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Is there a reason this man can't simply purchase the car from you by getting independent financing? Thanks.
Thanks for following up. I would not suggest you do this as it's fraught with peril for you. Although you may have a contractual relationship with him, this would not be binding on any third parties, so if you would end up with a situation where a third party files a claim against you as the owner due to something he's done, you may have a claim against him, but if he's broke, you'll end up on the hook. You simply don't want to leave a car and a loan in your name when you don't have possession of the car. Your insurance company could deny coverage if it discovers he's the actual owner; if he totals the car and the salvage value is less than what is owed, you'll be on the hook for the loan; if he causes a bad accident in excess of the insurance coverage and/or where his acts are such that the insurance company denies the claim, you're stuck. If he's going to buy the car, he really needs to get a loan, take title, and get your loan paid; otherwise, I would suggeest you sell it to a more conventional buyer.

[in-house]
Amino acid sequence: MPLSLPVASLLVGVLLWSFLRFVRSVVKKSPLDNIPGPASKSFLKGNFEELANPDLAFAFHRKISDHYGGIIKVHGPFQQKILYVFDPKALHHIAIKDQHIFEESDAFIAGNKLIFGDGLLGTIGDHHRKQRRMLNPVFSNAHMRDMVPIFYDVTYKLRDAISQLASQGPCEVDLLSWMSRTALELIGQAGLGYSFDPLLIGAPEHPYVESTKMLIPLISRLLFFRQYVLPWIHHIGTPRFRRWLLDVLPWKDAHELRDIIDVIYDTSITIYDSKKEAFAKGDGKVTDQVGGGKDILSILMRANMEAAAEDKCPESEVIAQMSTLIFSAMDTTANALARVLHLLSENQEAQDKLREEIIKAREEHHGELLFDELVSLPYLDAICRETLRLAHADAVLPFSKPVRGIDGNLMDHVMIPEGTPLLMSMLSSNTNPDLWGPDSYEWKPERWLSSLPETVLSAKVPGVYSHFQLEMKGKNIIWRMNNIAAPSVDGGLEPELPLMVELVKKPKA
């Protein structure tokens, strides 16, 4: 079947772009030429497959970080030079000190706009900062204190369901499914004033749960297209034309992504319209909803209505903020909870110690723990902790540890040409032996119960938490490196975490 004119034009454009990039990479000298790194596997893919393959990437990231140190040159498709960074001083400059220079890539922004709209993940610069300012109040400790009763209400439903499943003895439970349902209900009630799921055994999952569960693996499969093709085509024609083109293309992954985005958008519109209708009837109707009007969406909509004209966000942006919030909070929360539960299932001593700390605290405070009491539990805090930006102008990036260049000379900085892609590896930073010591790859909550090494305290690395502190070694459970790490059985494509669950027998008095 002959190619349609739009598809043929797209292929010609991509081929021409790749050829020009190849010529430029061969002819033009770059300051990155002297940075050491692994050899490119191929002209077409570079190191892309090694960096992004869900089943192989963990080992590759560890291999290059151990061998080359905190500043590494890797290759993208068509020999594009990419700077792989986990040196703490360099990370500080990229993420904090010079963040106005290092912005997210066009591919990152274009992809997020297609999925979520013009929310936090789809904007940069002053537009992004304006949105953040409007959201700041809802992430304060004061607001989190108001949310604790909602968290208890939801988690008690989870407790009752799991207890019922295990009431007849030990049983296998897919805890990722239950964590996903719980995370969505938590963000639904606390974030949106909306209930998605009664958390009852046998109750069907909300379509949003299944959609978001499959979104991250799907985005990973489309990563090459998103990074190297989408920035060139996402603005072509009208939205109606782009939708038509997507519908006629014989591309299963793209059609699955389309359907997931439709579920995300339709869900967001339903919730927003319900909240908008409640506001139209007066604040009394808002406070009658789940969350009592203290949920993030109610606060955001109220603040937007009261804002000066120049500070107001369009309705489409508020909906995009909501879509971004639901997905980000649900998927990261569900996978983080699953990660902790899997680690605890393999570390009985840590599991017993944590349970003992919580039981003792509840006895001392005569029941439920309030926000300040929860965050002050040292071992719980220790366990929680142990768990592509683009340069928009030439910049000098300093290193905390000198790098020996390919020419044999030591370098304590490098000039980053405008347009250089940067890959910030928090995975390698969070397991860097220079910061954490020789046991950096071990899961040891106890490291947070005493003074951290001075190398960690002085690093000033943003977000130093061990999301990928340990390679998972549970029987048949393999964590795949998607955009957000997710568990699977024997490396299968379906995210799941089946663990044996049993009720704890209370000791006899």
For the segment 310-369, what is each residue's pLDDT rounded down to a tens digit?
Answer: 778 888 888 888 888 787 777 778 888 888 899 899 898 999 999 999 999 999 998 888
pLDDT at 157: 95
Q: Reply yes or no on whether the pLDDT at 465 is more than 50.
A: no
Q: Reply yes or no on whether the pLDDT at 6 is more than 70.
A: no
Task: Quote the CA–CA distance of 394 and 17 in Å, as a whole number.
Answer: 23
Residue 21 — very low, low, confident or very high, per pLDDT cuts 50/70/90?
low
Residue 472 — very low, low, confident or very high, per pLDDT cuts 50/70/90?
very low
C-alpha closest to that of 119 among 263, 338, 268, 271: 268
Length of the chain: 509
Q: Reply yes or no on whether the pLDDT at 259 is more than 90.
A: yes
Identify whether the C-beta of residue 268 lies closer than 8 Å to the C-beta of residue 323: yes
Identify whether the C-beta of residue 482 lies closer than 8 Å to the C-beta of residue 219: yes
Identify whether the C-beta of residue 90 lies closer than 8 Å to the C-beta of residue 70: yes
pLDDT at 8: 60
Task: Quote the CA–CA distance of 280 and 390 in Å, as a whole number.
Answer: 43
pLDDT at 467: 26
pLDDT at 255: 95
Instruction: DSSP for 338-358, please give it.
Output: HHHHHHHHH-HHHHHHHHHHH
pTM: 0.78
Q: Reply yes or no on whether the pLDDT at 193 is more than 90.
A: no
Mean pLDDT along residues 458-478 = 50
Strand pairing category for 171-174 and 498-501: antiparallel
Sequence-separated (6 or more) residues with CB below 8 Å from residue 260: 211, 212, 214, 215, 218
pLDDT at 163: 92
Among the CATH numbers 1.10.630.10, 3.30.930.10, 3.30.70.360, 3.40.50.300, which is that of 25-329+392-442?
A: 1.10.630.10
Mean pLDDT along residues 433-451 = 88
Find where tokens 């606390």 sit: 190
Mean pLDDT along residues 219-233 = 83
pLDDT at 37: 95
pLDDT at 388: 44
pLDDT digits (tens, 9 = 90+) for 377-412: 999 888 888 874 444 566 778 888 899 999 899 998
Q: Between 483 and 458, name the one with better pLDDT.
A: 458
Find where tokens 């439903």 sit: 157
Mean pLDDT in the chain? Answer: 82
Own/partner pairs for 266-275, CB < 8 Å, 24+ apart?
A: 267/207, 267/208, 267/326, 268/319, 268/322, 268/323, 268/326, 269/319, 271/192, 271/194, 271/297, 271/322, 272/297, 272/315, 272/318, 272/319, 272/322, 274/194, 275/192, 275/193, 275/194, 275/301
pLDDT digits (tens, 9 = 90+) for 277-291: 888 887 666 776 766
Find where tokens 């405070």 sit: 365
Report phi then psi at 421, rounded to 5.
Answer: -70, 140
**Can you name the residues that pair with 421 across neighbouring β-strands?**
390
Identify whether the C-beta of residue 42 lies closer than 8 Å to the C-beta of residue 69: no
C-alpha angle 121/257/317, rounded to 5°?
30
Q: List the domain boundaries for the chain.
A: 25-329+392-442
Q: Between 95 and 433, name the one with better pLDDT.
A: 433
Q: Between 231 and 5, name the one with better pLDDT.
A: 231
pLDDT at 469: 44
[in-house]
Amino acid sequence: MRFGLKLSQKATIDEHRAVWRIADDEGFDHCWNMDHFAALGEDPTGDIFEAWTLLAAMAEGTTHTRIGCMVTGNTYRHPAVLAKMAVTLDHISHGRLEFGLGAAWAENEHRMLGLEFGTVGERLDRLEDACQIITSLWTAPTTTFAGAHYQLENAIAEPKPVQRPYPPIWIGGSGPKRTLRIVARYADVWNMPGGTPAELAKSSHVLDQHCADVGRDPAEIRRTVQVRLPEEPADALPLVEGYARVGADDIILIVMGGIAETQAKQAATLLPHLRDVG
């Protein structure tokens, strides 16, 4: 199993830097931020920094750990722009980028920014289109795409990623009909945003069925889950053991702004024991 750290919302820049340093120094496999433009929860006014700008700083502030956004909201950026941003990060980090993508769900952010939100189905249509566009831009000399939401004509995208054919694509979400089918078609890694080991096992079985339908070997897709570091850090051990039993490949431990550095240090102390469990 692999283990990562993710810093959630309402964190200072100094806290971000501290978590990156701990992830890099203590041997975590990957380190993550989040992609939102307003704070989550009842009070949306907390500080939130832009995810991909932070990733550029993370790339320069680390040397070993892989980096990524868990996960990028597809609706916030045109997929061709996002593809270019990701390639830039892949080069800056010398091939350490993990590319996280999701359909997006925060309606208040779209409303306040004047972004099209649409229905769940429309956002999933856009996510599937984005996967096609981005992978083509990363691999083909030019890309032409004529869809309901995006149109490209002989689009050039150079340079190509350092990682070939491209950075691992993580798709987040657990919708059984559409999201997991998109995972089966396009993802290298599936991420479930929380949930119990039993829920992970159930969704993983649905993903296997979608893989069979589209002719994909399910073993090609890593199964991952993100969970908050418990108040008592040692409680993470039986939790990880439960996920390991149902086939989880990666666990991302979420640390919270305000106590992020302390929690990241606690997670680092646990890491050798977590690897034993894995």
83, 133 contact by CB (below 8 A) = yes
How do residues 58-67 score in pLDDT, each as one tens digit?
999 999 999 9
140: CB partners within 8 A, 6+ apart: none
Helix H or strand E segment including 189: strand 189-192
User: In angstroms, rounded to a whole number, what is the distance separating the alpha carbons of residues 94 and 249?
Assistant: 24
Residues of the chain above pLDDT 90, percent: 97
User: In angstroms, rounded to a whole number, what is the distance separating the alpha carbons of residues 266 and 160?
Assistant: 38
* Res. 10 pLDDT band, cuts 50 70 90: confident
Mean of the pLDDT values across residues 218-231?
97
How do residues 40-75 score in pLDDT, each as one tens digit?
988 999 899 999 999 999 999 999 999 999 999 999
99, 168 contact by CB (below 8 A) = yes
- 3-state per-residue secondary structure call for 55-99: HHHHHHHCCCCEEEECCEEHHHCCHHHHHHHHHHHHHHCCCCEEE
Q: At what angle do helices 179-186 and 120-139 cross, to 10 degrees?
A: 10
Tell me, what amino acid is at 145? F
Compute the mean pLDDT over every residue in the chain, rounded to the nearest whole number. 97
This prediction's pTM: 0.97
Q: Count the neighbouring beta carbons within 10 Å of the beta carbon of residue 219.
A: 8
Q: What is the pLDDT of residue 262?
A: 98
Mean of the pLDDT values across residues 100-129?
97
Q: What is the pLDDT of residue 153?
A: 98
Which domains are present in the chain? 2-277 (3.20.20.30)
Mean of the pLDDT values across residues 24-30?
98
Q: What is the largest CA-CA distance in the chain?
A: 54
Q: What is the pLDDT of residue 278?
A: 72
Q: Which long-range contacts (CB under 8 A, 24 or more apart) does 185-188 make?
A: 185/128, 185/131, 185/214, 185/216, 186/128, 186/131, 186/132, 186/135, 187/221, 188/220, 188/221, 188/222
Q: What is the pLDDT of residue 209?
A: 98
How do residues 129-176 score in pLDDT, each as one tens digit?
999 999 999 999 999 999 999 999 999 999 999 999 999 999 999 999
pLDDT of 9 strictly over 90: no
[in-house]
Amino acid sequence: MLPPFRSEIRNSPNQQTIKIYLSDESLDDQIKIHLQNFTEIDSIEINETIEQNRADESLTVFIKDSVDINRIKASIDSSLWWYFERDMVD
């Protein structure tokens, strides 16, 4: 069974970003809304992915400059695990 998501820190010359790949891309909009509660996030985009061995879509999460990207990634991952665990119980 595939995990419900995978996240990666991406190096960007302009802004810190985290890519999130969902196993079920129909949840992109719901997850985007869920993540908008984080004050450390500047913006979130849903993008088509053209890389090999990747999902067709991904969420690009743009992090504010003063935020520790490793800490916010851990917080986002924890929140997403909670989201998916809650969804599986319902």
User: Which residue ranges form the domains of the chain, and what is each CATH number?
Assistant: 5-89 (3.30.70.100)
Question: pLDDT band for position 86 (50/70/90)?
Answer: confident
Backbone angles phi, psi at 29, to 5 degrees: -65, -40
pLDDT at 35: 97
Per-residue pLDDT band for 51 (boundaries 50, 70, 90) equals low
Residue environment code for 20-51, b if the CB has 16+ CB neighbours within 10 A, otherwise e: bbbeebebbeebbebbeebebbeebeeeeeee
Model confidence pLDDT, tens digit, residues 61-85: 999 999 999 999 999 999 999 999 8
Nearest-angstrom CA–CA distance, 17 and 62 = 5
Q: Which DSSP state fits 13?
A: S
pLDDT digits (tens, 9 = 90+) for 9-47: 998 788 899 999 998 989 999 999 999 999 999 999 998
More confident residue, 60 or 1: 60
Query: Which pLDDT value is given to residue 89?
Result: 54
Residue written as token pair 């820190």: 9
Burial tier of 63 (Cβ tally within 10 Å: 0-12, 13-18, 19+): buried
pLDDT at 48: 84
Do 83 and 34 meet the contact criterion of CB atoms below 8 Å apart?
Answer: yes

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Yes, because it's only binding between the two of you. If there is a third party claim, they can sue you as the owner. You may have a claim then against your buyer, but if he's broke...which I suspect or he would be able to get his own loan to buy this car....then you're left holding the bag.
First, I would suggest you find a conventional buyer that can get independent financing. Second, if you really want to do a deal with this guy, I would act as the lender and transfer title to him and have him issue you a promissory note and security interest in the car. The problem with this is that it's likely to trigger your lender calling your loan. Alternatively, you could co-sign a note for him with the note and security agreement. At least that way, you wouldn't be on the title. But, this is a poor second choice.
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